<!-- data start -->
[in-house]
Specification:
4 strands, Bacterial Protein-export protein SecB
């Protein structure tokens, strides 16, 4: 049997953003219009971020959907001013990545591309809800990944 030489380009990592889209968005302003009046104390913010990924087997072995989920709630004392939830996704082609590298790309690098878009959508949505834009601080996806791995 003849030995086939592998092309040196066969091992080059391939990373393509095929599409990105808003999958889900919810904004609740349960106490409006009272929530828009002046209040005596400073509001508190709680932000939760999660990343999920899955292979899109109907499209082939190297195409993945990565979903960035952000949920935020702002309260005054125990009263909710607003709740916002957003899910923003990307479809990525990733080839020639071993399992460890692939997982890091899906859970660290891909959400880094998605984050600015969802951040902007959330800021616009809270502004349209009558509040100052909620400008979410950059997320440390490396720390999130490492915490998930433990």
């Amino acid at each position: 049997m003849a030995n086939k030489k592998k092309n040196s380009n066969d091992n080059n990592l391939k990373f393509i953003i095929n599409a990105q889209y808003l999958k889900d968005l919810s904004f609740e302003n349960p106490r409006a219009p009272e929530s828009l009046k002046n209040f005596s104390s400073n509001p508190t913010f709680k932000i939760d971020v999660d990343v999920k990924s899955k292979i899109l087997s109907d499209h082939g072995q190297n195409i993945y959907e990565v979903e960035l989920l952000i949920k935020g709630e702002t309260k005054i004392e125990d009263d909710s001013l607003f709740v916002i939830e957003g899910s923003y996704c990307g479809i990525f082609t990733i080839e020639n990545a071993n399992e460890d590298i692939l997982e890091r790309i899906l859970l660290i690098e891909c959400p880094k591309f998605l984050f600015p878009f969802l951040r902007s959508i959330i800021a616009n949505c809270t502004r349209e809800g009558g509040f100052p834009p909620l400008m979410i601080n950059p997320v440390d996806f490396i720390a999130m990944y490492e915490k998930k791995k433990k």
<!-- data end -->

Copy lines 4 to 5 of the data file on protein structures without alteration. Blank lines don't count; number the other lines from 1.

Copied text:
């Protein structure tokens, strides 16, 4: 049997953003219009971020959907001013990545591309809800990944 030489380009990592889209968005302003009046104390913010990924087997072995989920709630004392939830996704082609590298790309690098878009959508949505834009601080996806791995 003849030995086939592998092309040196066969091992080059391939990373393509095929599409990105808003999958889900919810904004609740349960106490409006009272929530828009002046209040005596400073509001508190709680932000939760999660990343999920899955292979899109109907499209082939190297195409993945990565979903960035952000949920935020702002309260005054125990009263909710607003709740916002957003899910923003990307479809990525990733080839020639071993399992460890692939997982890091899906859970660290891909959400880094998605984050600015969802951040902007959330800021616009809270502004349209009558509040100052909620400008979410950059997320440390490396720390999130490492915490998930433990």
């Amino acid at each position: 049997m003849a030995n086939k030489k592998k092309n040196s380009n066969d091992n080059n990592l391939k990373f393509i953003i095929n599409a990105q889209y808003l999958k889900d968005l919810s904004f609740e302003n349960p106490r409006a219009p009272e929530s828009l009046k002046n209040f005596s104390s400073n509001p508190t913010f709680k932000i939760d971020v999660d990343v999920k990924s899955k292979i899109l087997s109907d499209h082939g072995q190297n195409i993945y959907e990565v979903e960035l989920l952000i949920k935020g709630e702002t309260k005054i004392e125990d009263d909710s001013l607003f709740v916002i939830e957003g899910s923003y996704c990307g479809i990525f082609t990733i080839e020639n990545a071993n399992e460890d590298i692939l997982e890091r790309i899906l859970l660290i690098e891909c959400p880094k591309f998605l984050f600015p878009f969802l951040r902007s959508i959330i800021a616009n949505c809270t502004r349209e809800g009558g509040f100052p834009p909620l400008m979410i601080n950059p997320v440390d996806f490396i720390a999130m990944y490492e915490k998930k791995k433990k």